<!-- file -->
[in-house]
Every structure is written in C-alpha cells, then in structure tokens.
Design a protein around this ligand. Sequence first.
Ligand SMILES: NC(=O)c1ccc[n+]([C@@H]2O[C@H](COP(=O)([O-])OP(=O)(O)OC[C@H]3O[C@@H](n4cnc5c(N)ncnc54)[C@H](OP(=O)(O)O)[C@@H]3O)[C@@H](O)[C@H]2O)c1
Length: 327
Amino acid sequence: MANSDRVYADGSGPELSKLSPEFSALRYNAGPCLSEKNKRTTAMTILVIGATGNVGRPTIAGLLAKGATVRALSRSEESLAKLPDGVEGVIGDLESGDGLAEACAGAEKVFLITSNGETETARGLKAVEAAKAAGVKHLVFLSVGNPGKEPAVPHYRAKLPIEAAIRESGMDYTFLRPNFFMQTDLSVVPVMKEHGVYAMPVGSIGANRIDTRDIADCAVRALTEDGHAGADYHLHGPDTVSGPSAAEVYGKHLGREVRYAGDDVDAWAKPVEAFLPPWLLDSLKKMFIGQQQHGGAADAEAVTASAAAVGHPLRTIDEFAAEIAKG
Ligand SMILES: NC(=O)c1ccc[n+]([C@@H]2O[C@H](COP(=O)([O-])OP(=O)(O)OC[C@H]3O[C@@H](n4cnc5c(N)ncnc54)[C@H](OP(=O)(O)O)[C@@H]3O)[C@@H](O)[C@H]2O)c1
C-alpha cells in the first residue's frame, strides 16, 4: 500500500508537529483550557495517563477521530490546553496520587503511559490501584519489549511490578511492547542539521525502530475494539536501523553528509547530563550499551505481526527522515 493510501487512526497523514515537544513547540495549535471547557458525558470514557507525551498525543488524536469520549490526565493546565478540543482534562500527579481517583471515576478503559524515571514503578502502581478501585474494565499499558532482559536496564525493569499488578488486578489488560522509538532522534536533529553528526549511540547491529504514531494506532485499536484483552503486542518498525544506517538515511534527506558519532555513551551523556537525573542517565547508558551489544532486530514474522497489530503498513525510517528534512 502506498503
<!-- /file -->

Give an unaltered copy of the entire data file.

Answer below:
[in-house]
Every structure is written in C-alpha cells, then in structure tokens.
Design a protein around this ligand. Sequence first.
Ligand SMILES: NC(=O)c1ccc[n+]([C@@H]2O[C@H](COP(=O)([O-])OP(=O)(O)OC[C@H]3O[C@@H](n4cnc5c(N)ncnc54)[C@H](OP(=O)(O)O)[C@@H]3O)[C@@H](O)[C@H]2O)c1
Length: 327
Amino acid sequence: MANSDRVYADGSGPELSKLSPEFSALRYNAGPCLSEKNKRTTAMTILVIGATGNVGRPTIAGLLAKGATVRALSRSEESLAKLPDGVEGVIGDLESGDGLAEACAGAEKVFLITSNGETETARGLKAVEAAKAAGVKHLVFLSVGNPGKEPAVPHYRAKLPIEAAIRESGMDYTFLRPNFFMQTDLSVVPVMKEHGVYAMPVGSIGANRIDTRDIADCAVRALTEDGHAGADYHLHGPDTVSGPSAAEVYGKHLGREVRYAGDDVDAWAKPVEAFLPPWLLDSLKKMFIGQQQHGGAADAEAVTASAAAVGHPLRTIDEFAAEIAKG
Ligand SMILES: NC(=O)c1ccc[n+]([C@@H]2O[C@H](COP(=O)([O-])OP(=O)(O)OC[C@H]3O[C@@H](n4cnc5c(N)ncnc54)[C@H](OP(=O)(O)O)[C@@H]3O)[C@@H](O)[C@H]2O)c1
C-alpha cells in the first residue's frame, strides 16, 4: 500500500508537529483550557495517563477521530490546553496520587503511559490501584519489549511490578511492547542539521525502530475494539536501523553528509547530563550499551505481526527522515 493510501487512526497523514515537544513547540495549535471547557458525558470514557507525551498525543488524536469520549490526565493546565478540543482534562500527579481517583471515576478503559524515571514503578502502581478501585474494565499499558532482559536496564525493569499488578488486578489488560522509538532522534536533529553528526549511540547491529504514531494506532485499536484483552503486542518498525544506517538515511534527506558519532555513551551523556537525573542517565547508558551489544532486530514474522497489530503498513525510517528534512 502506498503